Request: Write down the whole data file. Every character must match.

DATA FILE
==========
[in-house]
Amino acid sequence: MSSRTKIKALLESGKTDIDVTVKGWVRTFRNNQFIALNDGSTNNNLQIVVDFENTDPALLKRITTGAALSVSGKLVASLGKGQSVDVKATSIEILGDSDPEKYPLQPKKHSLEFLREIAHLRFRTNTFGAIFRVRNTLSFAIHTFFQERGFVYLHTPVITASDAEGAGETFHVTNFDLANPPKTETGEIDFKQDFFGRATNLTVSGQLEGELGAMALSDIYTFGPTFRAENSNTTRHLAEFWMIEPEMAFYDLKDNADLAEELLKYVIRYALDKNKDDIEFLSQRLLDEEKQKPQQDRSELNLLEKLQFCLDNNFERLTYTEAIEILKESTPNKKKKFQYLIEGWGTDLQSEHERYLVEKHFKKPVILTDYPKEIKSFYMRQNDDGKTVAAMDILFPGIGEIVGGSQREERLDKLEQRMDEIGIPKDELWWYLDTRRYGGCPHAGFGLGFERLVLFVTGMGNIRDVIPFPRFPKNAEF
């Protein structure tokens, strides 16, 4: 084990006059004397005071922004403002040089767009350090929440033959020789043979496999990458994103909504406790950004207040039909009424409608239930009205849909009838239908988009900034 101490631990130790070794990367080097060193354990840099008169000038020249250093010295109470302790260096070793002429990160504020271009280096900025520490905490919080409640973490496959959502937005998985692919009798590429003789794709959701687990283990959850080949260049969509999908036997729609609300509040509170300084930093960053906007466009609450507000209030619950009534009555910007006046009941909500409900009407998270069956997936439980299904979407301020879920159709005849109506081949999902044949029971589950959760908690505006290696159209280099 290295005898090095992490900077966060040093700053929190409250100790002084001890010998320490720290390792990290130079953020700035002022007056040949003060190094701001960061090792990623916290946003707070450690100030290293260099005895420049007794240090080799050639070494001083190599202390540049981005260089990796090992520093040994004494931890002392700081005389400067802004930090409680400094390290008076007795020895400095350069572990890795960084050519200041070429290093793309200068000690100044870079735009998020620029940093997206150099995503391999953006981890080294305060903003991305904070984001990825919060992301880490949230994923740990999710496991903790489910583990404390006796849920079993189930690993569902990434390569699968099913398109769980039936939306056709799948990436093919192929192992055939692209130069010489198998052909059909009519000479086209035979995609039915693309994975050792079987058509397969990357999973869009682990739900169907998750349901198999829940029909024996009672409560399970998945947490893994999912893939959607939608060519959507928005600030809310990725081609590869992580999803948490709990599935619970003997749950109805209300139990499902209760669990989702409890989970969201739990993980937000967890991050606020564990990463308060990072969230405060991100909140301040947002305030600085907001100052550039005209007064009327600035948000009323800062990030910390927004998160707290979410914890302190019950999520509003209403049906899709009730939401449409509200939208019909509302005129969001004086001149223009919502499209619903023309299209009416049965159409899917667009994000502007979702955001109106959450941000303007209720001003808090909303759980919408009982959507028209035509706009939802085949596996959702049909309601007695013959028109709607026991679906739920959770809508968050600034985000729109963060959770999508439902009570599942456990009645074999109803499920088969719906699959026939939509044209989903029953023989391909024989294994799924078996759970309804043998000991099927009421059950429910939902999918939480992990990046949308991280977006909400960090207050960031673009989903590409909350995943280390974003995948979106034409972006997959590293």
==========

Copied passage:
[in-house]
Amino acid sequence: MSSRTKIKALLESGKTDIDVTVKGWVRTFRNNQFIALNDGSTNNNLQIVVDFENTDPALLKRITTGAALSVSGKLVASLGKGQSVDVKATSIEILGDSDPEKYPLQPKKHSLEFLREIAHLRFRTNTFGAIFRVRNTLSFAIHTFFQERGFVYLHTPVITASDAEGAGETFHVTNFDLANPPKTETGEIDFKQDFFGRATNLTVSGQLEGELGAMALSDIYTFGPTFRAENSNTTRHLAEFWMIEPEMAFYDLKDNADLAEELLKYVIRYALDKNKDDIEFLSQRLLDEEKQKPQQDRSELNLLEKLQFCLDNNFERLTYTEAIEILKESTPNKKKKFQYLIEGWGTDLQSEHERYLVEKHFKKPVILTDYPKEIKSFYMRQNDDGKTVAAMDILFPGIGEIVGGSQREERLDKLEQRMDEIGIPKDELWWYLDTRRYGGCPHAGFGLGFERLVLFVTGMGNIRDVIPFPRFPKNAEF
């Protein structure tokens, strides 16, 4: 084990006059004397005071922004403002040089767009350090929440033959020789043979496999990458994103909504406790950004207040039909009424409608239930009205849909009838239908988009900034 101490631990130790070794990367080097060193354990840099008169000038020249250093010295109470302790260096070793002429990160504020271009280096900025520490905490919080409640973490496959959502937005998985692919009798590429003789794709959701687990283990959850080949260049969509999908036997729609609300509040509170300084930093960053906007466009609450507000209030619950009534009555910007006046009941909500409900009407998270069956997936439980299904979407301020879920159709005849109506081949999902044949029971589950959760908690505006290696159209280099 290295005898090095992490900077966060040093700053929190409250100790002084001890010998320490720290390792990290130079953020700035002022007056040949003060190094701001960061090792990623916290946003707070450690100030290293260099005895420049007794240090080799050639070494001083190599202390540049981005260089990796090992520093040994004494931890002392700081005389400067802004930090409680400094390290008076007795020895400095350069572990890795960084050519200041070429290093793309200068000690100044870079735009998020620029940093997206150099995503391999953006981890080294305060903003991305904070984001990825919060992301880490949230994923740990999710496991903790489910583990404390006796849920079993189930690993569902990434390569699968099913398109769980039936939306056709799948990436093919192929192992055939692209130069010489198998052909059909009519000479086209035979995609039915693309994975050792079987058509397969990357999973869009682990739900169907998750349901198999829940029909024996009672409560399970998945947490893994999912893939959607939608060519959507928005600030809310990725081609590869992580999803948490709990599935619970003997749950109805209300139990499902209760669990989702409890989970969201739990993980937000967890991050606020564990990463308060990072969230405060991100909140301040947002305030600085907001100052550039005209007064009327600035948000009323800062990030910390927004998160707290979410914890302190019950999520509003209403049906899709009730939401449409509200939208019909509302005129969001004086001149223009919502499209619903023309299209009416049965159409899917667009994000502007979702955001109106959450941000303007209720001003808090909303759980919408009982959507028209035509706009939802085949596996959702049909309601007695013959028109709607026991679906739920959770809508968050600034985000729109963060959770999508439902009570599942456990009645074999109803499920088969719906699959026939939509044209989903029953023989391909024989294994799924078996759970309804043998000991099927009421059950429910939902999918939480992990990046949308991280977006909400960090207050960031673009989903590409909350995943280390974003995948979106034409972006997959590293």